What can be said about the art?  Williams first came to my attention when he drew the art for Milestone’s Death Wish mini series. His art wasn’t bad at the time though his layouts were very much tied to the conventional formats. Williams continues to challenge and raise the bar for himself with his compositions and he’s clearly having fun doing it. Each page is a visual delight and I’ve found myself looking at some pages over and over and being intrigued by the details each time. How many artists would take a minute to differentiate girl’s fingers by drawing stickers on each nail? That the girl is one of La Llorona’s victims makes this simple detail all the more poignant. The book would be stylish on its own with the art reproduced in black and white. Thankfully, Dave Stewart’s considerable talents and skills as a color artist complete the sublime visual feast. One minor note that I may be wrong about, and isn’t a detraction. In these two issues Kate’s skin tone seems to be as pale as when she is in uniform. I’ll have to look through the Detective stories to see if my perception of Kate not being colored as equally pale is accurate. If not, it may be simple stylistic change rather than some subtle clue about Kate’s mental and emotional states. It almost certainly isn’t a coloring mistake. Todd Klein brings his always consummate lettering expertise to finish the package. This trio are at the top of their respective games and even if the quality and creativity plateau here, it will be difficult for this reviewer not to be redundant in commenting. Will descriptives like inventive, striking, atmospheric, and gold standard become synonymous with Williams and Stewart?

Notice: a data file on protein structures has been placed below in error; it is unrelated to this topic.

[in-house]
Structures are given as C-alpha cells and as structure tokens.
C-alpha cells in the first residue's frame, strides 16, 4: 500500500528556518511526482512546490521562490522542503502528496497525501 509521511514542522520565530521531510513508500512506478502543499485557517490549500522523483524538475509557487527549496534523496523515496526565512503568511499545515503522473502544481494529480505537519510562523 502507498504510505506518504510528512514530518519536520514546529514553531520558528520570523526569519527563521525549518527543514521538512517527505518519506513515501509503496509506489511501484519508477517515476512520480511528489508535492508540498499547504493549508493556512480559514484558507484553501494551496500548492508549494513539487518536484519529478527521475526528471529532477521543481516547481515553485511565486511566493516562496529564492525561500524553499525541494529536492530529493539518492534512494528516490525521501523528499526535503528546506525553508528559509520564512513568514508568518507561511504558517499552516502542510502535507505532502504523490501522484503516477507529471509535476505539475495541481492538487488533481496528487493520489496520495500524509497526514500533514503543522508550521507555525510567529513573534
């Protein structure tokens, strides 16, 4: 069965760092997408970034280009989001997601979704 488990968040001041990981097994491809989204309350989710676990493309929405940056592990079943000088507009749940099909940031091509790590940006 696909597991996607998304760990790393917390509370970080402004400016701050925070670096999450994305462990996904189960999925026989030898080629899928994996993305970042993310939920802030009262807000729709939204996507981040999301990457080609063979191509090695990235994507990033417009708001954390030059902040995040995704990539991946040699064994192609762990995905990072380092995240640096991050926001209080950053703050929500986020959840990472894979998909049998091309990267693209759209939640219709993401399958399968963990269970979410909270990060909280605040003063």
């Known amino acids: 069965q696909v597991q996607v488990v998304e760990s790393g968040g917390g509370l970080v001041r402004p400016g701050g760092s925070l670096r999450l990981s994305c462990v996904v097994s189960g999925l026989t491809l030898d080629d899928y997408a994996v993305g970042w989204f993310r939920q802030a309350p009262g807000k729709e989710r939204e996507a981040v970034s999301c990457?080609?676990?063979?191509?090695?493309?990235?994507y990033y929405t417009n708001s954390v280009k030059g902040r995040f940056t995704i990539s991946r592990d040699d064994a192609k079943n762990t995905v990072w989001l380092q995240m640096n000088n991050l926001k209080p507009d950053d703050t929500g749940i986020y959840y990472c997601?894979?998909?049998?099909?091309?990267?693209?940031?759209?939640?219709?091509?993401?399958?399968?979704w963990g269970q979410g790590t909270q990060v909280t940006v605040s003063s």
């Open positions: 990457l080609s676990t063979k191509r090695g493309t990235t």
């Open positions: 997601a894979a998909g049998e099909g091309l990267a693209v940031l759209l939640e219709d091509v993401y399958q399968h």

Batwoman’s had a problematic history since her reimagination in 2006. Devin Grayson was given the character to research and flesh out and then indirectly dismissed from the project, and the character seemed abandoned till given to Greg Rucka who shepherded Kate through a run in Detective before leaving. Then the series promised for a February release was inexplicably pushed back to September. Now things seem to be off to a promising start again and I’ll be excitedly anticipating it every month.